It's the film that made her a Hollywood A-lister - but six years on, Viola Davis has finally revealed that she had a lot of problems with box office hit The Help.
The film, focusing on the tense relations between black maids and their white employers in early 1960s Mississippi, received positive reviews from critics and grossed more than US$200 million ($275m) at the box office.
But 51-year-old Davis, who played maid Aibileen Clark in the story of a journalist (Emma Stone) who writes a book about what life as a black maid in the south is really like, said that she had "a lot of issues" with how the story of racial inequality in the deep south was told.
Asked about the film at a recent British Academy of Film and Television Arts event, Davis at first chose her words carefully.
"I'm always trying to be honest in my interviews. I knew it was a best-selling book, and I knew it would change my career. That's what I knew," she told the crowd.
"I thought it was an important story. [But] I had a LOT of issues with The Help.
"I love the fact that [Emma Stone's character] Eugenia said, 'I am going to write a story from the maids' perspective of what it feels like to work with these white women'. Operative term being THE MAIDS' PERSPECTIVE. I don't feel like it was from our perspective, that's the problem I had with it. And I had it from the very beginning."
Davis said she felt the maids were presented as pious, saintly figures, making them more palatable to a mainstream audience. For instance, the maids refuse offers of payment to share their stories with Eugenia, the journalist who will write an expose on their lives.
"They would take the money. They would take the money! I mean, Aibileen was not even eating - she's barely making a living wage. They would take the money. That's number one," Davis said.
"Number two: The anger, the vitriol, and the hatred that they would have towards these white women would have been vocalised. You didn't see none of that! You saw Minny putting the s**t in the pie, but that was comedic in nature so it's an easier pill to swallow."
Davis said that other, grittier scenes were filmed that depicted the maids raging against their circumstances, but they were ultimately left on the cutting room floor.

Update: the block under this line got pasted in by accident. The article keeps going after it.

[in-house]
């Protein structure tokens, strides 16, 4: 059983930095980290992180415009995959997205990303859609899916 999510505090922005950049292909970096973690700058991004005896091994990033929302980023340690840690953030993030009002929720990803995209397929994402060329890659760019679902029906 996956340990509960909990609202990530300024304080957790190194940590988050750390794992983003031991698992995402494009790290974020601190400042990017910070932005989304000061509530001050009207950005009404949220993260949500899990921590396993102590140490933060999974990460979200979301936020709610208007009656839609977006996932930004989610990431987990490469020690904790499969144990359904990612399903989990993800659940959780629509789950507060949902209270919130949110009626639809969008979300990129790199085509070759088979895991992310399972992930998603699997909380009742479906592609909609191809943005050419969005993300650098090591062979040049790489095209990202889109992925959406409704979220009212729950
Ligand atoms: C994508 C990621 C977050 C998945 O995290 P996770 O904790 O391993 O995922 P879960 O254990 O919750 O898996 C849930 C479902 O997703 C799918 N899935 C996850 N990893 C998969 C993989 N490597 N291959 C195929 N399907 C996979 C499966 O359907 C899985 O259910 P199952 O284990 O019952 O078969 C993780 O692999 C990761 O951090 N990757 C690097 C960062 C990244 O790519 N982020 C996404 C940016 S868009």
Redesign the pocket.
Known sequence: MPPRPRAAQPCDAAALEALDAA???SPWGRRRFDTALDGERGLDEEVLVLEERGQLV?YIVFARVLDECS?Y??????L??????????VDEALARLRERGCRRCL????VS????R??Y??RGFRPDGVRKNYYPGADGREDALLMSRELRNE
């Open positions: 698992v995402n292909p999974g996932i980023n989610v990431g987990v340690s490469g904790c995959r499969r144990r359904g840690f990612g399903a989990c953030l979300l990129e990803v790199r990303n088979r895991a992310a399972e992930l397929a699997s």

"These black women would HATE these [white] women. But I think one of the reasons this film was so successful is because a lot of people were brought up with these co-mothers, these maids. I think they weren't shown as messy because nobody wants to stain that memory of that black woman who loved them probably more than their mothers loved them," she said.
Davis said she improvised one line during filming, a joke about "serving crackers to the crackers", that was cut from the film.
"And it was cut because they felt it was too mean. But there was no problem with the white characters saying n***er, n***er, n***er. So it was not telling the story, it just wasn't. And I felt the power of that narrative is."
Davis also shared details of another scene that ended up on the cutting room floor, in which she counselled Octavia Spencer's character about escaping domestic abuse. The scene didn't make it as it was deemed "too depressing".
"That's the issue I have with a lot of our stories. By the time it makes it to the screen, the truth is so filtered down, and then it's given to you to make you feel very comfortable," she said.
"It's not our job to make you feel comfortable, it really isn't. If you feel comfortable, then that is your journey, and your cross to bear. That is the beauty of art, the beauty of art is that we throw it to you, you receive it, and if you shift in some way, [then] we've done our job."